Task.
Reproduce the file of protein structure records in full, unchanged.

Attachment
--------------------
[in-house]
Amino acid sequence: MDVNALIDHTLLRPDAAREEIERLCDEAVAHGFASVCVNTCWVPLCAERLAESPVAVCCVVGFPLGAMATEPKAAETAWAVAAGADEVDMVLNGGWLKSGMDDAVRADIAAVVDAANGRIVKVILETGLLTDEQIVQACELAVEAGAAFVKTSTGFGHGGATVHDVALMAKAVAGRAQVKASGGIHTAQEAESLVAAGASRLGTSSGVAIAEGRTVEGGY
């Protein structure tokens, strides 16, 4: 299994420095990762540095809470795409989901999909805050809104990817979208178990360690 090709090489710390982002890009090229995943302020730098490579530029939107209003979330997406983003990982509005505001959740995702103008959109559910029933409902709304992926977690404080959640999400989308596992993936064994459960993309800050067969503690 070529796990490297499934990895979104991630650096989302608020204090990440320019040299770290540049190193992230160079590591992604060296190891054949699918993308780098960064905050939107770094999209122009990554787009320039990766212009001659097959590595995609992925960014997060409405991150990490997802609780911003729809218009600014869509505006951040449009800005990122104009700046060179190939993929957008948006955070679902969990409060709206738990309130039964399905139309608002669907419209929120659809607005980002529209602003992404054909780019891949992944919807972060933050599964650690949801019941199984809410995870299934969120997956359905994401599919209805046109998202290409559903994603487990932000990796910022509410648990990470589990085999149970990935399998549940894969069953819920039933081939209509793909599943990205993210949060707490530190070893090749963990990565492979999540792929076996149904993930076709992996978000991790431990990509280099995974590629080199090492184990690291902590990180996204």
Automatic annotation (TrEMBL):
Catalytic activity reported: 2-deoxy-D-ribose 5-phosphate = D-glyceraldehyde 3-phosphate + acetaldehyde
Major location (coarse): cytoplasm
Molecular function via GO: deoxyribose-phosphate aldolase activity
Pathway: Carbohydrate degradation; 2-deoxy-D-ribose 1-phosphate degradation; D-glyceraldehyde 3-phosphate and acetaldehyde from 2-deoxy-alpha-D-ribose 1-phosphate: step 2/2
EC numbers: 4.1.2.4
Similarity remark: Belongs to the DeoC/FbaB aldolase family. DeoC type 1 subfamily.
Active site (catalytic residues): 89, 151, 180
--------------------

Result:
[in-house]
Amino acid sequence: MDVNALIDHTLLRPDAAREEIERLCDEAVAHGFASVCVNTCWVPLCAERLAESPVAVCCVVGFPLGAMATEPKAAETAWAVAAGADEVDMVLNGGWLKSGMDDAVRADIAAVVDAANGRIVKVILETGLLTDEQIVQACELAVEAGAAFVKTSTGFGHGGATVHDVALMAKAVAGRAQVKASGGIHTAQEAESLVAAGASRLGTSSGVAIAEGRTVEGGY
């Protein structure tokens, strides 16, 4: 299994420095990762540095809470795409989901999909805050809104990817979208178990360690 090709090489710390982002890009090229995943302020730098490579530029939107209003979330997406983003990982509005505001959740995702103008959109559910029933409902709304992926977690404080959640999400989308596992993936064994459960993309800050067969503690 070529796990490297499934990895979104991630650096989302608020204090990440320019040299770290540049190193992230160079590591992604060296190891054949699918993308780098960064905050939107770094999209122009990554787009320039990766212009001659097959590595995609992925960014997060409405991150990490997802609780911003729809218009600014869509505006951040449009800005990122104009700046060179190939993929957008948006955070679902969990409060709206738990309130039964399905139309608002669907419209929120659809607005980002529209602003992404054909780019891949992944919807972060933050599964650690949801019941199984809410995870299934969120997956359905994401599919209805046109998202290409559903994603487990932000990796910022509410648990990470589990085999149970990935399998549940894969069953819920039933081939209509793909599943990205993210949060707490530190070893090749963990990565492979999540792929076996149904993930076709992996978000991790431990990509280099995974590629080199090492184990690291902590990180996204």
Automatic annotation (TrEMBL):
Catalytic activity reported: 2-deoxy-D-ribose 5-phosphate = D-glyceraldehyde 3-phosphate + acetaldehyde
Major location (coarse): cytoplasm
Molecular function via GO: deoxyribose-phosphate aldolase activity
Pathway: Carbohydrate degradation; 2-deoxy-D-ribose 1-phosphate degradation; D-glyceraldehyde 3-phosphate and acetaldehyde from 2-deoxy-alpha-D-ribose 1-phosphate: step 2/2
EC numbers: 4.1.2.4
Similarity remark: Belongs to the DeoC/FbaB aldolase family. DeoC type 1 subfamily.
Active site (catalytic residues): 89, 151, 180